Ricotta Gnocchi

DSC03098Ricotta gnocchi with pulled chicken, mushroom & pepper in an onion & herb broth, garnished with crispy chicken skins.

So one of my goals over the past three or four years has been to perfect the most masterful of Italian culinary creations… ricotta gnocchi. Truthfully, the first 15-20 times I’ve made them they weren’t that good, actually they were downright bad… but I’ve been steadily getting better. While not yet perfect, I’d say that my ricotta gnocchi are better than a vast majority of those that I’ve had at restaurants, and that’s saying something because it’s pretty much a sure thing that if I see ricotta gnocchi on a menu I’m ordering them.

So what you’re aiming for is a heavenly pillow of cheesy pasta deliciousness that should melt in your mouth. The way to achieve this is with as little flour as you can possibly use and still make a quasi-dough. That is the tricky part. In the beginning you’ll be making your gnocchi dough and think it’s too loose and add more flour to make it easier to work with… wrong. So let’s get into the recipe and the instructions, and then I’ll explain why that’s wrong.

Serves 4 (moderate sized portions mixed with other ingredients)

1lb Whole Milk Ricotta Cheese (don’t skimp and use a store brand, use fresh or a quality brand, trust me!)
1c Finely Grated Parmesan Cheese
1 Large Egg
1c All Purpose Flour (3/4c for gnocchi, 1/4c to flour rolling surface)
1tsp Fresh Ground Black Pepper (I prefer a five peppercorn blend)

Traditionally you would make these by hand, but as I’ve said in other posts, Kitchen Aids were invented for a reason! I’m sure for some purists this is gnocchi blasphemy, but I’m happier with the consistency of the finished product this way.

In a mixing bowl add your ricotta, parmesan, egg and black pepper. Mix using the paddle attachment until everything is well integrated. Add your 3/4c of flour and mix at a medium speed until blended. You should be left with a relatively loose dough. It will have a consistency just slightly denser than ricotta cheese.

Spread the remaining 1/4c of flour on your rolling surface. Also set up a baking sheet with wax paper, and lightly flour the paper surface, this is what you will be placing your cut gnocchi on.

Coat your hands in the flour from the rolling surface and scoop a handful of the gnocchi dough onto the surface. Very gently, roll your dough along the table and form a rope roughly 3/4″ thick. Be very careful in this step as it’s the most crucial. You only want a layer of flour on the outside of the rope with the interior still being somewhat loose. You DO NOT want to get more flour through the entire dough, just the outside to hold it together. Too much flour and you’re left with dense lead pasta balls that will sit in the pit of your stomach ad infinitum… we’ve all had those before, you don’t want that!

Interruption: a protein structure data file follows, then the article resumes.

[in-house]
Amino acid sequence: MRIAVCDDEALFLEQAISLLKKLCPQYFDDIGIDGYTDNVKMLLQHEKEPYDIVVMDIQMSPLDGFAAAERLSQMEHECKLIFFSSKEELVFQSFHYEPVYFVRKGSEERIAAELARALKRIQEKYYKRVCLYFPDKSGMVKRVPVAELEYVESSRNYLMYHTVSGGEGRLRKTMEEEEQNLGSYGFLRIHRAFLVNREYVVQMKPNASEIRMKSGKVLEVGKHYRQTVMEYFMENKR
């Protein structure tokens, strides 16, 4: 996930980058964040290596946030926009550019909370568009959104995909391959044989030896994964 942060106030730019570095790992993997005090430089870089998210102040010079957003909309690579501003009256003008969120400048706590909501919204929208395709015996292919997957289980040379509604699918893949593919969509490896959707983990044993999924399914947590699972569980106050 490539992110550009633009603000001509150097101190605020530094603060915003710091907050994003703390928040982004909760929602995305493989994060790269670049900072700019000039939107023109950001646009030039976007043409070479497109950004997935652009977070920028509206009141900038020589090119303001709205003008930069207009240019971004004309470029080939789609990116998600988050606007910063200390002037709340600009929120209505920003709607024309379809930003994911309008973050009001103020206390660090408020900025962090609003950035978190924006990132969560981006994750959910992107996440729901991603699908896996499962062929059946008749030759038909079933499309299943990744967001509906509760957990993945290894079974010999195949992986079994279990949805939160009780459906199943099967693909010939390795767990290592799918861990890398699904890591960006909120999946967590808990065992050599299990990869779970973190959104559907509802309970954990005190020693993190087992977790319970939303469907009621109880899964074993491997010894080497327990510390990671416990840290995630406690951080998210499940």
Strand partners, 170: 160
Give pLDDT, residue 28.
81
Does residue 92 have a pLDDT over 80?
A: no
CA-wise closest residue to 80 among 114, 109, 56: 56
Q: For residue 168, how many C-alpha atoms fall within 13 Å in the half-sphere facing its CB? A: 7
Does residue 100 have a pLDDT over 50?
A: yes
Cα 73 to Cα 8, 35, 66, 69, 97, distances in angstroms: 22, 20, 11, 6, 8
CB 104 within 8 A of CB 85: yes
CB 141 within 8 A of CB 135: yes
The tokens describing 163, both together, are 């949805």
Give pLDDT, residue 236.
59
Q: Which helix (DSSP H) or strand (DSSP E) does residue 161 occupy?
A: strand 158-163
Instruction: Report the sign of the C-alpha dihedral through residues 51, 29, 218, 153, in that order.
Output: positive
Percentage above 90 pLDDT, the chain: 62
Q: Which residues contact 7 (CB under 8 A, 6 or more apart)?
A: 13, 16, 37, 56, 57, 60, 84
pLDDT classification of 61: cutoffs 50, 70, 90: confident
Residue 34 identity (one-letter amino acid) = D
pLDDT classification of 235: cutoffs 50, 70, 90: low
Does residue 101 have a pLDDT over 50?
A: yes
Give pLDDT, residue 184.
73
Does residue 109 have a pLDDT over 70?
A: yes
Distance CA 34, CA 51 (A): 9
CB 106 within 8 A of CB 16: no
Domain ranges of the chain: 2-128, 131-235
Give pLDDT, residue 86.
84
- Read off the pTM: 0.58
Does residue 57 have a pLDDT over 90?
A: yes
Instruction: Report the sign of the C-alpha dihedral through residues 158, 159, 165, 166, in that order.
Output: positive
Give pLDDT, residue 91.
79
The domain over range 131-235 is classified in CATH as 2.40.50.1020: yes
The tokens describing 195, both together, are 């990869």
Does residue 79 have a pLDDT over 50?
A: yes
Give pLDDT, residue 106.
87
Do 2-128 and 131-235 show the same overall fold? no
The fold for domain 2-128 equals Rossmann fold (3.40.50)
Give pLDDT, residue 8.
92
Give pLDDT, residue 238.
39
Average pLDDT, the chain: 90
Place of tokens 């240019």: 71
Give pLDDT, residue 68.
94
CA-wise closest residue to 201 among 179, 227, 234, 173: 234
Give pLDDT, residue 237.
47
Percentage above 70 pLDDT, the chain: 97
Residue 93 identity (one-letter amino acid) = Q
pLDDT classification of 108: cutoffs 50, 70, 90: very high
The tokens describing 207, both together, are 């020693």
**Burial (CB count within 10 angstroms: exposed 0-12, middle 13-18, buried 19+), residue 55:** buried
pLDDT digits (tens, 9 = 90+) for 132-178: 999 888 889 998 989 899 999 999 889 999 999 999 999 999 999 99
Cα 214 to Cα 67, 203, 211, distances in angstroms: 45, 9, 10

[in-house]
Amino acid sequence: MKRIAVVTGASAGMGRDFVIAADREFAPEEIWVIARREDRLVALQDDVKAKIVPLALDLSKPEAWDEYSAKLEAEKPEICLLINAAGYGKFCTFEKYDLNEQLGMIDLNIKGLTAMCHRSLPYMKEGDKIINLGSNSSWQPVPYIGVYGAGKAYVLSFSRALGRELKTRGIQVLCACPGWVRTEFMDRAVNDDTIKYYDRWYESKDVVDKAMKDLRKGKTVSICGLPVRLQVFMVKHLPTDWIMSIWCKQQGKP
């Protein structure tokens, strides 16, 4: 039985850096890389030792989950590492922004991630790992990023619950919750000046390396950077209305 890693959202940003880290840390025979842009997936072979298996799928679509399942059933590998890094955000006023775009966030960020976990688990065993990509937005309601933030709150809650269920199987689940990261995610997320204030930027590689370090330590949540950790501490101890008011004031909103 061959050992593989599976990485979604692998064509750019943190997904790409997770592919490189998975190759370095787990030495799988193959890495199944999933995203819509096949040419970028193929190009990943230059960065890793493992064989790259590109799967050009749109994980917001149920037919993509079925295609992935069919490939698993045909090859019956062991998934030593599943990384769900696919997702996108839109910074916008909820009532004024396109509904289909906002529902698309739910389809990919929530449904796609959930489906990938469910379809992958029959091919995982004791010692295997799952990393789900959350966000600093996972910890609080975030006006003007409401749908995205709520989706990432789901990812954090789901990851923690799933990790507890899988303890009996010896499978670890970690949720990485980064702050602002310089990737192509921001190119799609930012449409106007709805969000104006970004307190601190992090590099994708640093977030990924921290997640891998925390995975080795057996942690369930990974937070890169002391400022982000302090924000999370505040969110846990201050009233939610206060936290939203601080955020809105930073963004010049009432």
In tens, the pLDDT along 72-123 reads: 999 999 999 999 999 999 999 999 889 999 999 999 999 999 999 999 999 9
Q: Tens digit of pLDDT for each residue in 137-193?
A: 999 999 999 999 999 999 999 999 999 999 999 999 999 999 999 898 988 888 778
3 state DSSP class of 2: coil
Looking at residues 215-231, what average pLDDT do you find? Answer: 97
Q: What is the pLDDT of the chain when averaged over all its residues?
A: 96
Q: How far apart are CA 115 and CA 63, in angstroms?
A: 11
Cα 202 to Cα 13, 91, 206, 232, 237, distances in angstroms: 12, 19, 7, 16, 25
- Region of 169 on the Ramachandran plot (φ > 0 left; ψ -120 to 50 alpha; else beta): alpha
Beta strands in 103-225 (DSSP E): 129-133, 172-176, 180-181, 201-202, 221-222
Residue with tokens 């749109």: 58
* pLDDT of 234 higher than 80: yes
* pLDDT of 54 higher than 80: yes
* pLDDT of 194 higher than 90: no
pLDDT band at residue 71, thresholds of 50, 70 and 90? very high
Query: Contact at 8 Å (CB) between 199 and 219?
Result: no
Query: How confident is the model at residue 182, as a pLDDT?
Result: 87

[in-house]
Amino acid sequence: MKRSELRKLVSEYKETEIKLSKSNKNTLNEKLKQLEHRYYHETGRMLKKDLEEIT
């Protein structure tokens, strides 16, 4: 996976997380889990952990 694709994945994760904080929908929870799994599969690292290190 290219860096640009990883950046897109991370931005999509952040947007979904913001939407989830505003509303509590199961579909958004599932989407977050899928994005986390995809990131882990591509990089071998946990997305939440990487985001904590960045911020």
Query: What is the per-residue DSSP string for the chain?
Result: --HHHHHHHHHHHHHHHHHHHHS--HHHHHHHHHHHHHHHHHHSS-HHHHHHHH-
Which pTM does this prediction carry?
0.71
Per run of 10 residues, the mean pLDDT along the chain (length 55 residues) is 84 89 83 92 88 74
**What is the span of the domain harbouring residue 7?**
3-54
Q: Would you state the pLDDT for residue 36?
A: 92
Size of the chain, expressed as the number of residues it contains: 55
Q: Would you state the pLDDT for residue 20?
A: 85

Using a floured knife cut your rope into 1/2″ sections and place on the baking sheet. Don’t worry if they look small, they will expand slightly when you boil them. Repeat until done.

Put the baking sheet in the freezer to allow the gnocchi to set. Do not take out of the freezer until ready to use, you can drop them in the water while frozen, actually it’s best if you do to hold form. You can make your gnocchi well in advance, or even make bigger batches to keep frozen and take as you need it. However, if your gnocchi are going to spend significant time in the freezer either cover the baking sheet with plastic wrap, or more preferable, separate the gnocchi into serving sizes and put them into freezer friendly Ziploc bags. If you leave them uncovered in the freezer eventually they will take on an unpleasant freezer-burned flavor.

To cook the gnocchi bring salted water to a boil in a medium sauce pot. You don’t need a full blown roiling boil on this, bring to a boil and then reduce to medium-high heat for cooking. Add your gnocchi in small batches, no more than 15-20 at a time. Make sure you gently stir the water along the bottom edge of the pot as soon as you put them in to make sure the gnocchi don’t stick to the bottom. It will only take one or two minutes to cook through, they will float to the surface when done. Gently remove from the water using a slotted spoon.

So those are the directions… Now one of the most beautiful things about gnocchi is that they’re such a blank canvas. You can do so many things with them! You can remove them from the water and sautee them in butter to get a nice browned crispiness, or you can put them in sauce, tossed them with vegetables… you name it! You can also play with what you put in the gnocchi. Want to do lemon zest, go for it! Nutmeg, sure! Cayenne for some kick, you got it!

So I’ve given you the base, or you could say I’ve given you the easel, canvas and paint, now it’s time to make your own art!  Let me see what you’ve got, please feel free to share your gnocchi dishes with me! I’ve put in a contact form, let me know your successes, or even failures. I look forward to hearing from you.

In the meantime, crack open a bottle of something and relax, life is short, enjoy it. 😉


Published by Derek Martin

Husband, dad, home cook, wine snob... lover of bacon. I have spent my entire adult life surrounded by fine food and fine wines, starting with fifteen years working at, or running, some of New Jersey's top restaurants, and now the last two years working for one of the top fine wine distributors in the United States. I have absorbed a ton of information on food, wine, pairings and techniques during those seventeen years, and I'd love to share what I've learned with you!

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